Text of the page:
If you are African-Caribbean you are 16 per cent more likely to be remanded in custody than if you are white. What is critical is that the report highlights, yet again, the fundamental racist disparities in the dispensation, administration and dissemination of justice. There is a crisis of both trust and confidence in the British judicial system among black communities. Their concerns are that it remains arbitrary, inconsistent and discriminatory. This interim report proves them right — despite its diplomatic language. Of course, poverty, homelessness and drug addiction all play their part, as does the disproportionate influence of an institutionally racist police culture, which means black defendants are stopped and searched seven times more often than their white counterparts. This is despite falling stop-and-search figures, and falling crime generally.
A significant responsibility for this disparity of treatment still lies with an overwhelmingly white, middle class and male magistracy and judiciary, resistant to ethnic monitoring, which hides behind the fallacy that justice is “colour blind and impartial”. We cannot expect to have a diverse judiciary and magistracy, and to recruit police officers, probation officers, prison officers and lawyers who look like us and are knowledgeable of our communities, if we are forced to operate in a system that is itself unwilling or unable to deliver justice equally to all. As Martin Luther King said, “It is not possible to be in favour of justice for some people and not to be in favour of justice for all people.”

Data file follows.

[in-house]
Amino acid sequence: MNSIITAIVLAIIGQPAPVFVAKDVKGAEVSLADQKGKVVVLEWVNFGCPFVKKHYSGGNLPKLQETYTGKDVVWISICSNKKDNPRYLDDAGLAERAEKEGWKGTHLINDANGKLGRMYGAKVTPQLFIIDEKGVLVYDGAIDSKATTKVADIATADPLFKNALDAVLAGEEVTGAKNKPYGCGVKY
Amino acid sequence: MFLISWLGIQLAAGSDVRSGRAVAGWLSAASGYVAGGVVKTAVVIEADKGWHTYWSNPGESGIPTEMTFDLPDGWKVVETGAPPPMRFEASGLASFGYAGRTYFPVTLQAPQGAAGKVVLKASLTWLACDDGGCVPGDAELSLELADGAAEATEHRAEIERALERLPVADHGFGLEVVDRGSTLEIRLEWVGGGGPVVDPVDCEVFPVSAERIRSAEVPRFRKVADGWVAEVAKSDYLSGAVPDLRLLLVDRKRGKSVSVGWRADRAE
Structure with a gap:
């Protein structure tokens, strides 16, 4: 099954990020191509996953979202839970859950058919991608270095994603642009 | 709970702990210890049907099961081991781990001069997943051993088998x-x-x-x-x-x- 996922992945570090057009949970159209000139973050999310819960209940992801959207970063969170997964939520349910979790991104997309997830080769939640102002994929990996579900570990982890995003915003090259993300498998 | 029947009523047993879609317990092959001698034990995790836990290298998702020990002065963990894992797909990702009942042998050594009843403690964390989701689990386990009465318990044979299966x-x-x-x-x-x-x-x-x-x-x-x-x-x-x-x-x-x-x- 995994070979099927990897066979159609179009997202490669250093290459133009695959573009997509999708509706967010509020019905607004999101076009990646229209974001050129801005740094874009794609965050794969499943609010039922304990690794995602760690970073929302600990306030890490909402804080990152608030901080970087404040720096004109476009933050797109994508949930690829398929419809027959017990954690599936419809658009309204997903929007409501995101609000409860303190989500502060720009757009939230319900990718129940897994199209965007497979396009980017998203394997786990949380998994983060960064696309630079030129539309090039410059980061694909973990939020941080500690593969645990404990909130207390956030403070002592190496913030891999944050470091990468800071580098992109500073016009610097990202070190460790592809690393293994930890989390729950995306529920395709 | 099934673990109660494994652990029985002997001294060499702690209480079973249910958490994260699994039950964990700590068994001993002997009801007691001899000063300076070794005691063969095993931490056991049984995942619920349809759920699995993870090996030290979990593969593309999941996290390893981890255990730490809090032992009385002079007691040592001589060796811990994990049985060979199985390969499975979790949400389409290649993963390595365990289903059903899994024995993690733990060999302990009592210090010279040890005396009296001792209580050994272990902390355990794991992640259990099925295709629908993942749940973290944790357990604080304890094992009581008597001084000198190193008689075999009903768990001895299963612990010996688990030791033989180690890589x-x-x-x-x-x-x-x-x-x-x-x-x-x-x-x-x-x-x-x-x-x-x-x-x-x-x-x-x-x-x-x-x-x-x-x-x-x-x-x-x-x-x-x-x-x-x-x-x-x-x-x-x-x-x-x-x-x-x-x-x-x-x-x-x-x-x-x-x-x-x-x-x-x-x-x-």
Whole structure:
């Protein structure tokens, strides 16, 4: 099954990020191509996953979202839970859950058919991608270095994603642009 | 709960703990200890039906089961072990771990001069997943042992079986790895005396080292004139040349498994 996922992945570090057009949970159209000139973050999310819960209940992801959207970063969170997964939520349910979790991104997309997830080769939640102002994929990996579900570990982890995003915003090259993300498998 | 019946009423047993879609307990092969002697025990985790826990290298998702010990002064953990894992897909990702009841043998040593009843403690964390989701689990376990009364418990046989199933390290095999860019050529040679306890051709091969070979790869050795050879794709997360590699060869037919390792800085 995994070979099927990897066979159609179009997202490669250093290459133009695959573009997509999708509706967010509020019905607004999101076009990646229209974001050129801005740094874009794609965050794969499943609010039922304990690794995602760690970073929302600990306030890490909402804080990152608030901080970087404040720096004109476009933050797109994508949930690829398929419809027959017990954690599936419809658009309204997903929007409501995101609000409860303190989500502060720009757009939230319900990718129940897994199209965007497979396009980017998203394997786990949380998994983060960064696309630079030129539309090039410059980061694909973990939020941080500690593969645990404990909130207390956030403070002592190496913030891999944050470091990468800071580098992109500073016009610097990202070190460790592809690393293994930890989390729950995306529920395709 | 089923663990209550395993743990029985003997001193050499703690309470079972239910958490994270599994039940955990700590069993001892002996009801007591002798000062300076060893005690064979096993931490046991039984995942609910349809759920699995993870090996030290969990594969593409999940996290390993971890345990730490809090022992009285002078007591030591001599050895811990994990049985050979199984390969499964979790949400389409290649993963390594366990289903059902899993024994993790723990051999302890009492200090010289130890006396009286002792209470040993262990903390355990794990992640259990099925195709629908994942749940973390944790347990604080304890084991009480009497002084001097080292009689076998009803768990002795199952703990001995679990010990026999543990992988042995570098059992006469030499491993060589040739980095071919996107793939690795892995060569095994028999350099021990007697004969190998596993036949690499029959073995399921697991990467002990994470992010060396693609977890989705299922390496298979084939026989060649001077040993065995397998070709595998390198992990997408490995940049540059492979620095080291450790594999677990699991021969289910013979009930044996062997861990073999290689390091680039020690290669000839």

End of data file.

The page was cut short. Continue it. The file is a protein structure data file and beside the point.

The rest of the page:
At present, out of 161 members of the high court judiciary, there is not a single African-Caribbean judge, while only two are of Asian origin. Less than 2.5 per cent of Oxford and Cambridge graduates (from whom 86 per cent of high court judges are drawn) are of African-Caribbean origin. The legal pipeline and the outcome are a self-fulfilling prophecy. The race training introduced in 1991 was only introduced on the basis that high court judges were exempt, as they simply did not require it. That rather arrogant intellectual exception must now be addressed.